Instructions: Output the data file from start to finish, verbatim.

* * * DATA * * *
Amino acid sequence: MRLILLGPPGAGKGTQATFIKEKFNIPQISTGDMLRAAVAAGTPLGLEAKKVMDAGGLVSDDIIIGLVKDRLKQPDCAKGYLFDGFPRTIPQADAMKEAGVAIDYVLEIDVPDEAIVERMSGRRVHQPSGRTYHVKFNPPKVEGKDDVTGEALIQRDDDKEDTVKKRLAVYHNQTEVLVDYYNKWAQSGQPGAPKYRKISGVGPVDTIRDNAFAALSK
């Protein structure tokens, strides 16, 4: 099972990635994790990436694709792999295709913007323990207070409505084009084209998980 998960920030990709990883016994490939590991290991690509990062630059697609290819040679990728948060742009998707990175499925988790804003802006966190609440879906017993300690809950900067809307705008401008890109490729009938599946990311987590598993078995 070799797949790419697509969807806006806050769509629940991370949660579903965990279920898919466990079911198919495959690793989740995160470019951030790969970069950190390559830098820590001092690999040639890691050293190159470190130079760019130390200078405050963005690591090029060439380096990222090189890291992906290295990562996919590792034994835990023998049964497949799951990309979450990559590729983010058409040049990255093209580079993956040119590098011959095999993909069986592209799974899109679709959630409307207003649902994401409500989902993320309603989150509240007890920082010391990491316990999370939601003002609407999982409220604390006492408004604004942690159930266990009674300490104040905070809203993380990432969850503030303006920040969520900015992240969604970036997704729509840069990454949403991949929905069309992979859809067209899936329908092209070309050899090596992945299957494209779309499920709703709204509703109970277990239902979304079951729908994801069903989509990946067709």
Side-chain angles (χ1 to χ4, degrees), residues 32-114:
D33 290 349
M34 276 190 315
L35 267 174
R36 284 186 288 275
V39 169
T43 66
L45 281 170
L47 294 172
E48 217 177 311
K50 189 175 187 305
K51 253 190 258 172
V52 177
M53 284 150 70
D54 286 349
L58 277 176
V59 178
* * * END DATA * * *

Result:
Amino acid sequence: MRLILLGPPGAGKGTQATFIKEKFNIPQISTGDMLRAAVAAGTPLGLEAKKVMDAGGLVSDDIIIGLVKDRLKQPDCAKGYLFDGFPRTIPQADAMKEAGVAIDYVLEIDVPDEAIVERMSGRRVHQPSGRTYHVKFNPPKVEGKDDVTGEALIQRDDDKEDTVKKRLAVYHNQTEVLVDYYNKWAQSGQPGAPKYRKISGVGPVDTIRDNAFAALSK
């Protein structure tokens, strides 16, 4: 099972990635994790990436694709792999295709913007323990207070409505084009084209998980 998960920030990709990883016994490939590991290991690509990062630059697609290819040679990728948060742009998707990175499925988790804003802006966190609440879906017993300690809950900067809307705008401008890109490729009938599946990311987590598993078995 070799797949790419697509969807806006806050769509629940991370949660579903965990279920898919466990079911198919495959690793989740995160470019951030790969970069950190390559830098820590001092690999040639890691050293190159470190130079760019130390200078405050963005690591090029060439380096990222090189890291992906290295990562996919590792034994835990023998049964497949799951990309979450990559590729983010058409040049990255093209580079993956040119590098011959095999993909069986592209799974899109679709959630409307207003649902994401409500989902993320309603989150509240007890920082010391990491316990999370939601003002609407999982409220604390006492408004604004942690159930266990009674300490104040905070809203993380990432969850503030303006920040969520900015992240969604970036997704729509840069990454949403991949929905069309992979859809067209899936329908092209070309050899090596992945299957494209779309499920709703709204509703109970277990239902979304079951729908994801069903989509990946067709």
Side-chain angles (χ1 to χ4, degrees), residues 32-114:
D33 290 349
M34 276 190 315
L35 267 174
R36 284 186 288 275
V39 169
T43 66
L45 281 170
L47 294 172
E48 217 177 311
K50 189 175 187 305
K51 253 190 258 172
V52 177
M53 284 150 70
D54 286 349
L58 277 176
V59 178